Author Topic: Mercian bicycles  (Read 2727 times)

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Offline hikerjer

Mercian bicycles
« on: March 06, 2020, 12:15:54 am »
I have a chance to buy an older model Mercian "classic" bicycle. It looks t be in pretty good shape.  I'm buying it mostly for the frame as I plan on rebuilding  it into commuter/gravel bike. I haven't been able to find out much about the brand. I know it's British and I've gone to their website which, of course, makes them sound great, but I'm pretty unfamiliar with the brand. It is Reynolds 531 which is a good sign and has some really nice lug work and braze- ons. Anyone out there had any experience with Mericians or know anything about them?


Offline DaveB

Re: Mercian bicycles
« Reply #1 on: March 06, 2020, 09:06:49 am »
How old is "older"? If it's quite old it might have 120 mm dropout spacing which will limit you to 5-speed freewheels unless you are willing to "cold-set" it to modern spacing (at least 126 mm and for a gravel bike maybe as much as 135 mm).  What is the required brake reach?  Is it designed for 27" or 700c wheels?

I recommend getting all of the current frame dimensions before buying a frame that will be difficult to modernize. 

BTW, has a C&V (classic and vintage) forum and the members there can probably give you a lot better info.

Offline driftlessregion

Re: Mercian bicycles
« Reply #2 on: March 06, 2020, 03:40:15 pm »
From Sheldon Brown (who died in 2008):
A very nice British bike. There are all sorts of models, and a great many of these came into the U.S through the big mail order companies. Some models were very ornate. The ornate examples, with N.R. parts in guideline condition are probably worth around $900. Relatively plain examples with N.R. parts are probably worth several hundred less. There are few people who consider these to be super desirable, so they remain a very good value. There was a very plain model called the classic that was remarkably well-constructed that we tried forever to sell. It was such a nice frame with so little of a following. Maybe people will be inspired to take another look at these.

Offline hikerjer

Re: Mercian bicycles
« Reply #3 on: March 08, 2020, 10:00:39 pm »
" There was a very plain model called the classic that was remarkably well-constructed that we tried forever to sell" -

The Classic" is the frame I have and am going to rebuild. It's an absolutely fabulous bike. I'd never part with it.

Offline froze

Re: Mercian bicycles
« Reply #4 on: March 23, 2020, 11:04:50 am »
I use to own a 2007 Mercian Vincitore Special, it was a very nice bike, too nice!  I sold the darn thing because it looked like a piece of art and I was literally afraid of scratching the paint so I rarely rode it and sold for what I paid for it to a friend who was begging me to sell it him for months, I finally relented knowing that I wasn't going ride it anyways, it had maybe 20 miles on when I sold it after owning for 10 years.  I had it equipped with Campy Athena skeleton silver components.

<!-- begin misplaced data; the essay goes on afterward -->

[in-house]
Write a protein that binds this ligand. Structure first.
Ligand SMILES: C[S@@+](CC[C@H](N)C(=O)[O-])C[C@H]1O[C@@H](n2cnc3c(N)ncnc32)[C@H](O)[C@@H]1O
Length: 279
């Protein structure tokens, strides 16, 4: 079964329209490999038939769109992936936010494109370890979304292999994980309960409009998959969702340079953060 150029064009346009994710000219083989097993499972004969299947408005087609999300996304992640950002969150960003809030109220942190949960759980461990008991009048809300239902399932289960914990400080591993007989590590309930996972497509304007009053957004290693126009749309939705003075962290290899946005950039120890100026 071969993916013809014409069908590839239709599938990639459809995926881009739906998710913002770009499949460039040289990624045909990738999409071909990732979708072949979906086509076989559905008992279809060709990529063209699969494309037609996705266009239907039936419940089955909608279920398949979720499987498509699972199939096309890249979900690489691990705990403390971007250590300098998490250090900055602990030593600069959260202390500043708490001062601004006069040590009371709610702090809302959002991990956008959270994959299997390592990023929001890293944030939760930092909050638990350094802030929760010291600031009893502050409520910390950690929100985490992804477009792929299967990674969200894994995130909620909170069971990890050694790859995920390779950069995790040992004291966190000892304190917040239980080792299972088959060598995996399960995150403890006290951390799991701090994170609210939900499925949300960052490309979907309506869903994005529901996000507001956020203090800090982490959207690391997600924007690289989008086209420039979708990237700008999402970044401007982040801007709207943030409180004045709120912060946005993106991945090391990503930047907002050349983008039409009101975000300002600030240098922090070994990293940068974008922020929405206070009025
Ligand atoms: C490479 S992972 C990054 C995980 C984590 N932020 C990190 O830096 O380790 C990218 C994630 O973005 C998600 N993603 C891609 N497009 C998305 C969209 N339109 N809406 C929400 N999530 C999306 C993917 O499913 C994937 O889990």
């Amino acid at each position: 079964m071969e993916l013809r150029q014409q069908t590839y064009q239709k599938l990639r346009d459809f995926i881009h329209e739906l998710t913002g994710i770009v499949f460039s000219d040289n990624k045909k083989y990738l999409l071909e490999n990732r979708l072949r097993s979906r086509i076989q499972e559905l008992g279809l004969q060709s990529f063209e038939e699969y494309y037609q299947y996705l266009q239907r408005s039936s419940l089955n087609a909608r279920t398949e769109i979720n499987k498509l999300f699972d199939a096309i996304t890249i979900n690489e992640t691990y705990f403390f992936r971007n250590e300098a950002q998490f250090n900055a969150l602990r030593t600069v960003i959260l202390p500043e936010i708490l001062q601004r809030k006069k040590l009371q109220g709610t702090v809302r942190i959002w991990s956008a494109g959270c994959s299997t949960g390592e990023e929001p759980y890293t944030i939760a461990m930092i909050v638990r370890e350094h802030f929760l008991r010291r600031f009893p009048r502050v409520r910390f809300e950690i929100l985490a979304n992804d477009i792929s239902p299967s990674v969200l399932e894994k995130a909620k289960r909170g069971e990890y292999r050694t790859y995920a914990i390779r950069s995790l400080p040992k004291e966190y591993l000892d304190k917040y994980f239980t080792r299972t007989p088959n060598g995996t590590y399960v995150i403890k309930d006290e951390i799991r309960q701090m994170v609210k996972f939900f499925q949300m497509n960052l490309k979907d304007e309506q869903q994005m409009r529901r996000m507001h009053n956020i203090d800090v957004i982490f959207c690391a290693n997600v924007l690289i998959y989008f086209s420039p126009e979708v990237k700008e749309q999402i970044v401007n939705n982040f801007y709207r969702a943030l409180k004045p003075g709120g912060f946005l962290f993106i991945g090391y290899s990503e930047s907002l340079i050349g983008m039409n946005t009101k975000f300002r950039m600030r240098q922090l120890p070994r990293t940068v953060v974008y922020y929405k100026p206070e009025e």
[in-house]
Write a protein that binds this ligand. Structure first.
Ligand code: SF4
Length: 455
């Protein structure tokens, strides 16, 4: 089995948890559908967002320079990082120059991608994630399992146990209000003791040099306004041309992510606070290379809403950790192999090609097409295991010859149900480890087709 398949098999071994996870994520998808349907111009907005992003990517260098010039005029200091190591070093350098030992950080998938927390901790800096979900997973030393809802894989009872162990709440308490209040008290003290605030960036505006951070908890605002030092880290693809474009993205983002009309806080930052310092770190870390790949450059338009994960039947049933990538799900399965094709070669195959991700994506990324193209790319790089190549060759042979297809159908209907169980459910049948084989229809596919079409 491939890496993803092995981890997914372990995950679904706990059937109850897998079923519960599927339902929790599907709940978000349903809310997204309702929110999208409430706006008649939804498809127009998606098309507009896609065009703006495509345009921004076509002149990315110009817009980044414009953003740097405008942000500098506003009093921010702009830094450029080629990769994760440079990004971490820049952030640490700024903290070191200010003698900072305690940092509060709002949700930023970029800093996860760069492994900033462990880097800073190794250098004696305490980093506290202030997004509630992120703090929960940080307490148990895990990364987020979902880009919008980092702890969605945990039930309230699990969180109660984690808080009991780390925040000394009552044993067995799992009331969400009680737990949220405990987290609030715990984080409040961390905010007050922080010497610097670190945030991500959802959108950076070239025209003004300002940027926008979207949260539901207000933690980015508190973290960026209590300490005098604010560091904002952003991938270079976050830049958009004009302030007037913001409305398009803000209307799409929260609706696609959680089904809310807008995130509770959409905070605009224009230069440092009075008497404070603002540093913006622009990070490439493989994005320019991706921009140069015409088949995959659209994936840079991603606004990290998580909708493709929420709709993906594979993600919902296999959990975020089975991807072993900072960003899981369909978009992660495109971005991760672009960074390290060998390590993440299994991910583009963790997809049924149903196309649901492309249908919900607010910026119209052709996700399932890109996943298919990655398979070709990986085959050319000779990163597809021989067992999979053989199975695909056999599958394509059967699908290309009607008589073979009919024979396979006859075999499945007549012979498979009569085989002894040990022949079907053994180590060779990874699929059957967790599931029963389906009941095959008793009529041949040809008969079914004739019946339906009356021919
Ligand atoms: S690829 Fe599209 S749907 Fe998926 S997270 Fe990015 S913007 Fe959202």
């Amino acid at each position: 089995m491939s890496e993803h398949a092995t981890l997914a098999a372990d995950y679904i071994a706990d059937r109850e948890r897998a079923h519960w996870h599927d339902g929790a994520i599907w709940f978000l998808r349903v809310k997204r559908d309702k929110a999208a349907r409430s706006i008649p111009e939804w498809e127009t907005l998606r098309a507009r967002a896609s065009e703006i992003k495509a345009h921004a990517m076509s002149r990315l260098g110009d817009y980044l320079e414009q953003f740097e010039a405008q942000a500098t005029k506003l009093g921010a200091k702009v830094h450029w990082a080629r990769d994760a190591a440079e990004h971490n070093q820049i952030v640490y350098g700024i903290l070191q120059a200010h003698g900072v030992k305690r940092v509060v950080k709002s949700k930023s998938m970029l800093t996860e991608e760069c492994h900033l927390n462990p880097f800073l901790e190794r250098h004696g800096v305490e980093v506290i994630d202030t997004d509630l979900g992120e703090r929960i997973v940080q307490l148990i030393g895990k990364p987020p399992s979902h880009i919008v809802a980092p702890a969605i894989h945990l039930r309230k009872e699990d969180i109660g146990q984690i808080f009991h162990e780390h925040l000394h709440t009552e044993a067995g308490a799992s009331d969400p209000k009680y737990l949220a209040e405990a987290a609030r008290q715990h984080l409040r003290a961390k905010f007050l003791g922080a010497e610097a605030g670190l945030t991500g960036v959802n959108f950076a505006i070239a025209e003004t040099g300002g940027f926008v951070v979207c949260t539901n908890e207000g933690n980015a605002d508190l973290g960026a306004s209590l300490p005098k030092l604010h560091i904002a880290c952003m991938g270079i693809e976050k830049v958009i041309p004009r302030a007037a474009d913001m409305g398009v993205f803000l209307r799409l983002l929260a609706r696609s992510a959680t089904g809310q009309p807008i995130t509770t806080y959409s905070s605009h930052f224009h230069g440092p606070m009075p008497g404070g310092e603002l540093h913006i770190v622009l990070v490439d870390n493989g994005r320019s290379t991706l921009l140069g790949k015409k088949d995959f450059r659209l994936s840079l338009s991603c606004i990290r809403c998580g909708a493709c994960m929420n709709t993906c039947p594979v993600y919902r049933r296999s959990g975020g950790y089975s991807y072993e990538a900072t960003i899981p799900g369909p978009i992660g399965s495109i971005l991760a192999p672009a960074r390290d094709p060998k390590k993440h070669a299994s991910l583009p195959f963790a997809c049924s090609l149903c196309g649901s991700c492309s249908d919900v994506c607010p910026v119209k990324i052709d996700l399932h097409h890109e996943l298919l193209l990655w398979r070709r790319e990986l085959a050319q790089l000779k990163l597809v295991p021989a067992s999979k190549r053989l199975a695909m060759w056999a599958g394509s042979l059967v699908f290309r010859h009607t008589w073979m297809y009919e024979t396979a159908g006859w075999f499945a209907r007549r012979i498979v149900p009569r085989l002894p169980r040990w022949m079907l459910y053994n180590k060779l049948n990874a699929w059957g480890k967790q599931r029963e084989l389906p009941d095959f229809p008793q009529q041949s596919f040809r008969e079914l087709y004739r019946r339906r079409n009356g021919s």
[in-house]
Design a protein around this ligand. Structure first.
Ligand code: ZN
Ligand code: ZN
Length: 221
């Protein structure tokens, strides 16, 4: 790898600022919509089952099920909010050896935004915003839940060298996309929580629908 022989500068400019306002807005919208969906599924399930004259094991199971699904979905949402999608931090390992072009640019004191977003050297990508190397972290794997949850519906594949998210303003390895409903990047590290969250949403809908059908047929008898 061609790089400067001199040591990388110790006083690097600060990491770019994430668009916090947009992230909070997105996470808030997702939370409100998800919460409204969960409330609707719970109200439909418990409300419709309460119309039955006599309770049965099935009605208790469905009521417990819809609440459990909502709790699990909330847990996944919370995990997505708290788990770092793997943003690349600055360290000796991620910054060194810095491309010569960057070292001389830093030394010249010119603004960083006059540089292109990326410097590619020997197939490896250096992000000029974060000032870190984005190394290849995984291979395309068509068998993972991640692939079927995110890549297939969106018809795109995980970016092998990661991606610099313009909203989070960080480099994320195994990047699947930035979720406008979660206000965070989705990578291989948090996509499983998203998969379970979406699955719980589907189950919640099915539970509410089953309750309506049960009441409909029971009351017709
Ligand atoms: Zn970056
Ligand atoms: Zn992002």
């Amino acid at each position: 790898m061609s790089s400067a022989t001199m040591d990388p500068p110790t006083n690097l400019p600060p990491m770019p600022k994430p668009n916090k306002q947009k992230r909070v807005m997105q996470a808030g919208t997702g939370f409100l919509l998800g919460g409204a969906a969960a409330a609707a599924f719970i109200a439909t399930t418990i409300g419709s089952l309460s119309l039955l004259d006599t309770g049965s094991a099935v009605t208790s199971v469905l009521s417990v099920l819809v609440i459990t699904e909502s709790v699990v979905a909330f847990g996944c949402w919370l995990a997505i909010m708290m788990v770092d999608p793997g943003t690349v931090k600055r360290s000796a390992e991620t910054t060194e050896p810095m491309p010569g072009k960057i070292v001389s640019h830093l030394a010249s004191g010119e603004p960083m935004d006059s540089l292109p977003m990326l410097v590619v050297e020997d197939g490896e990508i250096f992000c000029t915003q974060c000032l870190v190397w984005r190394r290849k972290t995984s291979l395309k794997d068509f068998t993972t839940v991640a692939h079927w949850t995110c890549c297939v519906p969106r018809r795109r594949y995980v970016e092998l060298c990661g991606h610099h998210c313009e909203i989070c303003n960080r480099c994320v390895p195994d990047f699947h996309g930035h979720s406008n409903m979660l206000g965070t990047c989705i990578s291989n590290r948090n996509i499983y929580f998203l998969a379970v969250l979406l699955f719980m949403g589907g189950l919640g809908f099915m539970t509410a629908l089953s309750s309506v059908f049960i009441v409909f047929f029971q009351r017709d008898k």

I should have never bought the bike, it was a impulse buy that I usually never do. But if buying one used the scratch paint issue is not a problem, I would HIGHLY recommend that you buy that bike, it's entirely handmade the real old fashion way where they heat the tubes so not to localize the heating in a small area in an oven then braze using silver at very low temps, it's the best way to braze lugs onto tubes, but it's labor intensive and the silver cost more than brass.

This is what Mercian says on their website about the above technique:

Open Hearth Brazed:

Mercian have brazed frames in an open hearth, since the 1940's, as we believe this reduces the possibility of overheating the tubing, unlike a welding torch which can be too harsh in the wrong hands. Open hearth brazing, in our experience, is much kinder to the lightweight metal tubes and also means that should a frame tube be damaged in use, we can undo the braze and replace a single tube meaning your frame gives you many years of pleasure.

So YES YES YES buy that bike.

Offline hikerjer

Re: Mercian bicycles
« Reply #5 on: March 25, 2020, 01:00:00 am »
"Mercian Vincitore - an absolutely gorgeous bike. I agree, maybe more to be hung on the den wall than ridden it's so beautiful. But then, that's not what bikes are made for. But I understand your dilemma.